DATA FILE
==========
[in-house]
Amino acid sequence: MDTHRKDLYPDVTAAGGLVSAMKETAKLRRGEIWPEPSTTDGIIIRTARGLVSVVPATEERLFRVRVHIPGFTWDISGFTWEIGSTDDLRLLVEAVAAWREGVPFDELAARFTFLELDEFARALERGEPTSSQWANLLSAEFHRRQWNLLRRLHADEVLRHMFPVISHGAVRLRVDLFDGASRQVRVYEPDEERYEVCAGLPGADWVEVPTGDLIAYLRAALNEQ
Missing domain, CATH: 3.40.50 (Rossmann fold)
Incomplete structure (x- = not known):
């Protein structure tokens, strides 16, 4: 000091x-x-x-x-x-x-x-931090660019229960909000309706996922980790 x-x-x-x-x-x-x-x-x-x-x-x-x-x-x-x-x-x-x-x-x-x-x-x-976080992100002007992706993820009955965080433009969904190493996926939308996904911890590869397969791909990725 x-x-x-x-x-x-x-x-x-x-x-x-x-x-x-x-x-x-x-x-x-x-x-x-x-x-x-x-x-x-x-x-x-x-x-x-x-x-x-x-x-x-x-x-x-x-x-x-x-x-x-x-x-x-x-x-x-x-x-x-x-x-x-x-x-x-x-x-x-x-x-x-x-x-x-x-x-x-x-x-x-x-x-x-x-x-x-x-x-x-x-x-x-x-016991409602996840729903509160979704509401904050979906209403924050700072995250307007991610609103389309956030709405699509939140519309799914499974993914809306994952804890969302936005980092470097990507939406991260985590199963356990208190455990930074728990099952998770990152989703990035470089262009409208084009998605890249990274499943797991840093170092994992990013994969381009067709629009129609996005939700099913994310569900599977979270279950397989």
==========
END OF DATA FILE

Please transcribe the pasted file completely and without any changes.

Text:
[in-house]
Amino acid sequence: MDTHRKDLYPDVTAAGGLVSAMKETAKLRRGEIWPEPSTTDGIIIRTARGLVSVVPATEERLFRVRVHIPGFTWDISGFTWEIGSTDDLRLLVEAVAAWREGVPFDELAARFTFLELDEFARALERGEPTSSQWANLLSAEFHRRQWNLLRRLHADEVLRHMFPVISHGAVRLRVDLFDGASRQVRVYEPDEERYEVCAGLPGADWVEVPTGDLIAYLRAALNEQ
Missing domain, CATH: 3.40.50 (Rossmann fold)
Incomplete structure (x- = not known):
């Protein structure tokens, strides 16, 4: 000091x-x-x-x-x-x-x-931090660019229960909000309706996922980790 x-x-x-x-x-x-x-x-x-x-x-x-x-x-x-x-x-x-x-x-x-x-x-x-976080992100002007992706993820009955965080433009969904190493996926939308996904911890590869397969791909990725 x-x-x-x-x-x-x-x-x-x-x-x-x-x-x-x-x-x-x-x-x-x-x-x-x-x-x-x-x-x-x-x-x-x-x-x-x-x-x-x-x-x-x-x-x-x-x-x-x-x-x-x-x-x-x-x-x-x-x-x-x-x-x-x-x-x-x-x-x-x-x-x-x-x-x-x-x-x-x-x-x-x-x-x-x-x-x-x-x-x-x-x-x-x-016991409602996840729903509160979704509401904050979906209403924050700072995250307007991610609103389309956030709405699509939140519309799914499974993914809306994952804890969302936005980092470097990507939406991260985590199963356990208190455990930074728990099952998770990152989703990035470089262009409208084009998605890249990274499943797991840093170092994992990013994969381009067709629009129609996005939700099913994310569900599977979270279950397989």